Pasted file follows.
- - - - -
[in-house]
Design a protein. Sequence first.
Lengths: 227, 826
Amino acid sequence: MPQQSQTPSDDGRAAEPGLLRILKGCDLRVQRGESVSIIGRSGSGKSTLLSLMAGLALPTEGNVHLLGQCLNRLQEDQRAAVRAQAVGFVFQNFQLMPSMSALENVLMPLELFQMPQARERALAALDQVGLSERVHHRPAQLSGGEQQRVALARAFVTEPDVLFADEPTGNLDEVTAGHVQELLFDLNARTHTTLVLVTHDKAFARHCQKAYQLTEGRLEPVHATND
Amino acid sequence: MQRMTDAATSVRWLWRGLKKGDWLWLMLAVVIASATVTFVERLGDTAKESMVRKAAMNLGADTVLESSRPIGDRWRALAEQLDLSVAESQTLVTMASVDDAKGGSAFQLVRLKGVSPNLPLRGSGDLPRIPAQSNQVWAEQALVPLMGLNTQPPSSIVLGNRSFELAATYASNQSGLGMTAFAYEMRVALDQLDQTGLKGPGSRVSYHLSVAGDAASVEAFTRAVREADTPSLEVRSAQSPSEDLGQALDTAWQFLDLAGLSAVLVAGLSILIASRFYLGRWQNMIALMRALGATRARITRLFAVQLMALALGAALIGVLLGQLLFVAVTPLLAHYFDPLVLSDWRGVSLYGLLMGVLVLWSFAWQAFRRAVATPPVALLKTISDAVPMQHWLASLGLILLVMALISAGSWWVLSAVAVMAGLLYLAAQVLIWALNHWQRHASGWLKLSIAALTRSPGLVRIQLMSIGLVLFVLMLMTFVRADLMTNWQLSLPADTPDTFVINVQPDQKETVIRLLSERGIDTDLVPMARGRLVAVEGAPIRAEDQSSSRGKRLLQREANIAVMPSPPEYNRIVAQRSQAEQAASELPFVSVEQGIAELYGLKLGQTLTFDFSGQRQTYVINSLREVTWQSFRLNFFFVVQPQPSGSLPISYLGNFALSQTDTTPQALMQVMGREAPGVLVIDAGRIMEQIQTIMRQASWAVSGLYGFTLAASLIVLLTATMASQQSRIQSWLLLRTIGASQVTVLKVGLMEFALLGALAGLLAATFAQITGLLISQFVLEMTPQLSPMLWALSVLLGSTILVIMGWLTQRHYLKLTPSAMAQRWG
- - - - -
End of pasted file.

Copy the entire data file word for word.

[in-house]
Design a protein. Sequence first.
Lengths: 227, 826
Amino acid sequence: MPQQSQTPSDDGRAAEPGLLRILKGCDLRVQRGESVSIIGRSGSGKSTLLSLMAGLALPTEGNVHLLGQCLNRLQEDQRAAVRAQAVGFVFQNFQLMPSMSALENVLMPLELFQMPQARERALAALDQVGLSERVHHRPAQLSGGEQQRVALARAFVTEPDVLFADEPTGNLDEVTAGHVQELLFDLNARTHTTLVLVTHDKAFARHCQKAYQLTEGRLEPVHATND
Amino acid sequence: MQRMTDAATSVRWLWRGLKKGDWLWLMLAVVIASATVTFVERLGDTAKESMVRKAAMNLGADTVLESSRPIGDRWRALAEQLDLSVAESQTLVTMASVDDAKGGSAFQLVRLKGVSPNLPLRGSGDLPRIPAQSNQVWAEQALVPLMGLNTQPPSSIVLGNRSFELAATYASNQSGLGMTAFAYEMRVALDQLDQTGLKGPGSRVSYHLSVAGDAASVEAFTRAVREADTPSLEVRSAQSPSEDLGQALDTAWQFLDLAGLSAVLVAGLSILIASRFYLGRWQNMIALMRALGATRARITRLFAVQLMALALGAALIGVLLGQLLFVAVTPLLAHYFDPLVLSDWRGVSLYGLLMGVLVLWSFAWQAFRRAVATPPVALLKTISDAVPMQHWLASLGLILLVMALISAGSWWVLSAVAVMAGLLYLAAQVLIWALNHWQRHASGWLKLSIAALTRSPGLVRIQLMSIGLVLFVLMLMTFVRADLMTNWQLSLPADTPDTFVINVQPDQKETVIRLLSERGIDTDLVPMARGRLVAVEGAPIRAEDQSSSRGKRLLQREANIAVMPSPPEYNRIVAQRSQAEQAASELPFVSVEQGIAELYGLKLGQTLTFDFSGQRQTYVINSLREVTWQSFRLNFFFVVQPQPSGSLPISYLGNFALSQTDTTPQALMQVMGREAPGVLVIDAGRIMEQIQTIMRQASWAVSGLYGFTLAASLIVLLTATMASQQSRIQSWLLLRTIGASQVTVLKVGLMEFALLGALAGLLAATFAQITGLLISQFVLEMTPQLSPMLWALSVLLGSTILVIMGWLTQRHYLKLTPSAMAQRWG